“I started painting blankets in 2015,” said Ruiz during the reception’s artist talk. “I wanted to find a new way to make a figure painting that told a different narrative, a different story.” She continued, “I’ve always been drawn to Mexican textiles. I’ve always loved those bright color combinations and that was the first thing I wanted to do … bring in somehow some of my heritage and textiles into the works.” From there, she started researching textiles, blankets, and different patterns to later incorporate her studies into her work.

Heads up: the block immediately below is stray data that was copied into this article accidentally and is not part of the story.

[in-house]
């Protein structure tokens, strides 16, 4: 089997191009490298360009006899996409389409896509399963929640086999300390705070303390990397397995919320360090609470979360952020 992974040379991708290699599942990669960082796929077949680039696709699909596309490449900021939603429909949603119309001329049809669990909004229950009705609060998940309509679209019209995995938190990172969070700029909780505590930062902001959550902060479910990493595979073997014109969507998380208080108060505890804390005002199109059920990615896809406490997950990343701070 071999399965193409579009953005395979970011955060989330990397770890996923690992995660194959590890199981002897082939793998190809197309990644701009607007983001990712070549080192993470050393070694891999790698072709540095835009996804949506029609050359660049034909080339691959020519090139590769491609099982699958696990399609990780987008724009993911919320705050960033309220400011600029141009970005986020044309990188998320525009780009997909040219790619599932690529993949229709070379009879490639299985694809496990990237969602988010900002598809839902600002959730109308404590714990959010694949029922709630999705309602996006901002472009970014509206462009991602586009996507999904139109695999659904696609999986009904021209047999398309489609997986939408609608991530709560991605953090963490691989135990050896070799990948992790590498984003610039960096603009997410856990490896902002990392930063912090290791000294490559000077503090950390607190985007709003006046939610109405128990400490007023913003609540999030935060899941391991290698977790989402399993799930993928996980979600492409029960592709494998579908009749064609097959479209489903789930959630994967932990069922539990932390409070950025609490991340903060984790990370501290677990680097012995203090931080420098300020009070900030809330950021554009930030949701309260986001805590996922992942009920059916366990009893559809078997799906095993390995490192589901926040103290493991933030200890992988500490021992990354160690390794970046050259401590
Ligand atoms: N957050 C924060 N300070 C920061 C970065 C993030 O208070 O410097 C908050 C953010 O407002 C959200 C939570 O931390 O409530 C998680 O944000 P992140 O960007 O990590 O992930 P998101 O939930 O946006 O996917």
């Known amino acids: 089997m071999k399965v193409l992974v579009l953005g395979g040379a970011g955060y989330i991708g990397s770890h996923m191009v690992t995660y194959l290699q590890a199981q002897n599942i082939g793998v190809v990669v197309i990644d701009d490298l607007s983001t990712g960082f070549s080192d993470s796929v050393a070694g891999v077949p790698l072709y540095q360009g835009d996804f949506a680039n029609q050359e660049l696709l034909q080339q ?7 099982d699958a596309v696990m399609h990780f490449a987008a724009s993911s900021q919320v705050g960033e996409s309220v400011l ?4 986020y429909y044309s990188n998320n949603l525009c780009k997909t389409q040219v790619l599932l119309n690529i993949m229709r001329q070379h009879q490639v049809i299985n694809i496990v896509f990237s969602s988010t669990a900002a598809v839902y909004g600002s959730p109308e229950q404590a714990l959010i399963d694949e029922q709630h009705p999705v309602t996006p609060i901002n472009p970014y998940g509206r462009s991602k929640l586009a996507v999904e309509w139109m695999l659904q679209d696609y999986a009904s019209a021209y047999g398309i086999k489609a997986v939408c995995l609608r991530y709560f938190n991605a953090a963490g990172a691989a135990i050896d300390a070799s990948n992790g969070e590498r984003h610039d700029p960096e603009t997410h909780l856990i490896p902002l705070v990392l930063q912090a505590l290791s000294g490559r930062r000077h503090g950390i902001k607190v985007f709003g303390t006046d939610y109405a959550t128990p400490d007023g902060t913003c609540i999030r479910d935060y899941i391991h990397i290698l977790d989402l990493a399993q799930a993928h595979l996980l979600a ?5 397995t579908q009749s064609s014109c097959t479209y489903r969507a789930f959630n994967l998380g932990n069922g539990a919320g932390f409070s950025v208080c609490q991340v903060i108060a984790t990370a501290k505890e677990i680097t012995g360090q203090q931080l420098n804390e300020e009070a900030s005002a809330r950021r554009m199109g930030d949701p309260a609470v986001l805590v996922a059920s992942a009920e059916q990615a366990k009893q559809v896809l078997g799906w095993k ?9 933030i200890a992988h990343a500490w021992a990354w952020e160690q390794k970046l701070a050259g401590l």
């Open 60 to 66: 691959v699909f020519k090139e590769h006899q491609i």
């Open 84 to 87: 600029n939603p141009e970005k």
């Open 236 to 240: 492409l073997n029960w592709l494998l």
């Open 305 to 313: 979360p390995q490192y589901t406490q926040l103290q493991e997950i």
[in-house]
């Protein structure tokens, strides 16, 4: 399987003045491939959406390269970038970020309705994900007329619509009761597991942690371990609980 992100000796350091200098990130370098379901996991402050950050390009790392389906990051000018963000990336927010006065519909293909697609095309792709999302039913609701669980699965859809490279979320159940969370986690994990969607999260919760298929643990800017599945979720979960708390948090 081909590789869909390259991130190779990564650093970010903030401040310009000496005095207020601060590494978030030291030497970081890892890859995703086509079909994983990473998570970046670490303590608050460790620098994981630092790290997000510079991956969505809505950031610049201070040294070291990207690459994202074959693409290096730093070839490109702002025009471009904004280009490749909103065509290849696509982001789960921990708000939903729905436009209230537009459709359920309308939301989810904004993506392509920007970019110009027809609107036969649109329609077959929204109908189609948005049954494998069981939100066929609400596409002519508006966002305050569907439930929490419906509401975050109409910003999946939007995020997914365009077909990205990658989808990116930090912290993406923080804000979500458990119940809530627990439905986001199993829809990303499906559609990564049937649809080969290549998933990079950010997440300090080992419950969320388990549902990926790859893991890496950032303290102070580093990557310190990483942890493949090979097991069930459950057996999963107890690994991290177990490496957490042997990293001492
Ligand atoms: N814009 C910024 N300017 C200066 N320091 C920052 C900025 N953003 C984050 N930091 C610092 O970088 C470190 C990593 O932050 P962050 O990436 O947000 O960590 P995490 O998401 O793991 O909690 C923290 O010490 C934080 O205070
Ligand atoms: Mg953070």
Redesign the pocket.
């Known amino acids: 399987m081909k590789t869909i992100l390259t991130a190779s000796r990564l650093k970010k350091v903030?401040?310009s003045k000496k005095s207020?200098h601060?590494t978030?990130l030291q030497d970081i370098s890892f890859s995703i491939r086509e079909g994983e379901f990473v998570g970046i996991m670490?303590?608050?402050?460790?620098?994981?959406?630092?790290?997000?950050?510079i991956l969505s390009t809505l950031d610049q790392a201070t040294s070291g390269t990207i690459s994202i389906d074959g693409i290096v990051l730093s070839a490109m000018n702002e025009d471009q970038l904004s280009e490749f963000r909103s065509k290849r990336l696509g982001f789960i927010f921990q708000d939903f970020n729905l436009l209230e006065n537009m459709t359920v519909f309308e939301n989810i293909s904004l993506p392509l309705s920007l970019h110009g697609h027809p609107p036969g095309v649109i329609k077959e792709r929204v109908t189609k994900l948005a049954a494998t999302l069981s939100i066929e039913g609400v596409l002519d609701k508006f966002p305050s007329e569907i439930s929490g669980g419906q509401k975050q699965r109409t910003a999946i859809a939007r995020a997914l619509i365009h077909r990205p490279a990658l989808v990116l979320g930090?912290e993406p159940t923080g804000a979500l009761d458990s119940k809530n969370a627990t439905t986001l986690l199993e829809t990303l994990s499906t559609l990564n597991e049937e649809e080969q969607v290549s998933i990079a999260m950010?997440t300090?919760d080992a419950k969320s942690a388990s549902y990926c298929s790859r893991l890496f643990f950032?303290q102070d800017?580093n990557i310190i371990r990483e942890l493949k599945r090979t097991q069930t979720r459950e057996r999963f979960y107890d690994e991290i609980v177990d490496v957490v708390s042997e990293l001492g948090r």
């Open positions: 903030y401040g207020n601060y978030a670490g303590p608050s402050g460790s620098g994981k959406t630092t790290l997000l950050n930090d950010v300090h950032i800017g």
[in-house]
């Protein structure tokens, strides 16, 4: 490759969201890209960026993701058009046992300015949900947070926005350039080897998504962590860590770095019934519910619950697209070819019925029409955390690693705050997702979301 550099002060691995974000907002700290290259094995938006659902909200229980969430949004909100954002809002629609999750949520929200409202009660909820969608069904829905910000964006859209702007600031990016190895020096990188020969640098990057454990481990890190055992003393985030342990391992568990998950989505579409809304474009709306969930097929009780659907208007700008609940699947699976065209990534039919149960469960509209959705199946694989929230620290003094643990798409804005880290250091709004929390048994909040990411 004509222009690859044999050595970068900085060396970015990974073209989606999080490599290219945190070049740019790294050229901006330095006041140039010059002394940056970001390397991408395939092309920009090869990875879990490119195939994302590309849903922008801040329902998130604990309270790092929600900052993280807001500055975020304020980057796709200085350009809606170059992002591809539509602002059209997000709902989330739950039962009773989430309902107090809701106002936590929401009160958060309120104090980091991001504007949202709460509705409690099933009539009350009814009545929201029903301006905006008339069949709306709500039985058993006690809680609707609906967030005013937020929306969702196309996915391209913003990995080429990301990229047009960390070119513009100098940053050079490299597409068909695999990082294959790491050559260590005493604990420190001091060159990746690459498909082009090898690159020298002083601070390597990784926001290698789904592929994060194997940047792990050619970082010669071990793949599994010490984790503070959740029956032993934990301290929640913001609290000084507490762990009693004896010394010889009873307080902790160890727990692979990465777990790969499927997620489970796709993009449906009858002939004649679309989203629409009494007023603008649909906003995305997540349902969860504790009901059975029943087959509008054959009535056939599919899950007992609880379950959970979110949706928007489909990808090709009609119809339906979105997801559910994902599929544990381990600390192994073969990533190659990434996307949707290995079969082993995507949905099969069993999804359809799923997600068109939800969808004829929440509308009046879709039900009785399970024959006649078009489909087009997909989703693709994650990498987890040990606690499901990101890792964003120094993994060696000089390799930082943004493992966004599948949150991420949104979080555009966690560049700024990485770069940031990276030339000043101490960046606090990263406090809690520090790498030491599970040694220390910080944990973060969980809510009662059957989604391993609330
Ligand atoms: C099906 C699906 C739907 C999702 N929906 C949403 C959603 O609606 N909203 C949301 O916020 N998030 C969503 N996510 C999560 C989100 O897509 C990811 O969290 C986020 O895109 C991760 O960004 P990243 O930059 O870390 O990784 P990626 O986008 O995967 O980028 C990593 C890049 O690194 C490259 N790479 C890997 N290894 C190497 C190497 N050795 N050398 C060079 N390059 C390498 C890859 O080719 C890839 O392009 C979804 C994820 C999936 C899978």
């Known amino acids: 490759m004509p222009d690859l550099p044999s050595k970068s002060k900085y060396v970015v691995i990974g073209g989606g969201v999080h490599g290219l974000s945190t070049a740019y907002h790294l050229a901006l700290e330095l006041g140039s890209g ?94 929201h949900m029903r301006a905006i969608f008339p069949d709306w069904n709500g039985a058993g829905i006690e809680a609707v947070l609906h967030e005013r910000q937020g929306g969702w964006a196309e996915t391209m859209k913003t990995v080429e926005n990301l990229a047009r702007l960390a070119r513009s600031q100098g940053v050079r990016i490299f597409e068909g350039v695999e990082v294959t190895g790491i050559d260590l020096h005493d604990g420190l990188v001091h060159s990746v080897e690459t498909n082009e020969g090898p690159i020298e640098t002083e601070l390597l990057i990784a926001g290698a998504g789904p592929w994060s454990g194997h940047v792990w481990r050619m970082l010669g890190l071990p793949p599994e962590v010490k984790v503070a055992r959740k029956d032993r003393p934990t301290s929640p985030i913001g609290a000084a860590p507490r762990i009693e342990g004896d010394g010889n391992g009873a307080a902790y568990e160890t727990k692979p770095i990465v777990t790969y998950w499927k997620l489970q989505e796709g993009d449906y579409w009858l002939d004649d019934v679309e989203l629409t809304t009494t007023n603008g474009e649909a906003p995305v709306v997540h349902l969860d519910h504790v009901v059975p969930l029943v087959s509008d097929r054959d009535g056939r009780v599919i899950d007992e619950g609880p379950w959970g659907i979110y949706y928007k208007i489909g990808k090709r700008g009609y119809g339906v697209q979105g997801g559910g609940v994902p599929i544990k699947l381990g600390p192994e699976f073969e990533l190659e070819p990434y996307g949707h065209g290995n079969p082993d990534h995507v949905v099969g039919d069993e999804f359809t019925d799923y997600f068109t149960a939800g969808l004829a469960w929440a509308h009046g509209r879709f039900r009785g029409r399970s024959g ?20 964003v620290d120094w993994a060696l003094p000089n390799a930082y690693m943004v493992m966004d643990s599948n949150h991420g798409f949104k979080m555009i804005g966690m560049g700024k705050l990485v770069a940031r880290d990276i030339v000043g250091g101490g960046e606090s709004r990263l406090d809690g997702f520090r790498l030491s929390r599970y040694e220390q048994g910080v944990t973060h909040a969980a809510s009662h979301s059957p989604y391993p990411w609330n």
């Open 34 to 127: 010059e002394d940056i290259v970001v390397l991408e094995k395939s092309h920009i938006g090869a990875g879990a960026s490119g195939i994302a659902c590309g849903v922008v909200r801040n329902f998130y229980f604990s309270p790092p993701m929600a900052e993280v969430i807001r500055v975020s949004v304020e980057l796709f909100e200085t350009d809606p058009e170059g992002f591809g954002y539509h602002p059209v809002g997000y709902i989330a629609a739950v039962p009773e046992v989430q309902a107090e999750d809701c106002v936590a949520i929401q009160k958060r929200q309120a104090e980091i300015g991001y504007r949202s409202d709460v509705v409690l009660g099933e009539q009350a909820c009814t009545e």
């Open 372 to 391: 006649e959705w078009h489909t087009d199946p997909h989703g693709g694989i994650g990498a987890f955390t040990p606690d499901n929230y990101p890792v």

Later, Ruiz learned to do traditional back strap weaving at an artist residency in Oaxaca. “It’s an extremely slow process, so painting and weaving really became two different things for me,” said Ruiz. She explained that painting was for “when (she) really wanted to push and be wild with paint” since she’s always been a painter and was very comfortable with the medium. “Textiles is a much slower, time-consuming medium … (it was) a different pace (and) for different emotions, I use different things,” she added. Objects of nature such as shells, rocks, and sticks are integrated into her weavings and sculptures because of her strong interest in nature. She is also particularly drawn to the Southwest and her work is influenced by its landscape, ocean, and plants.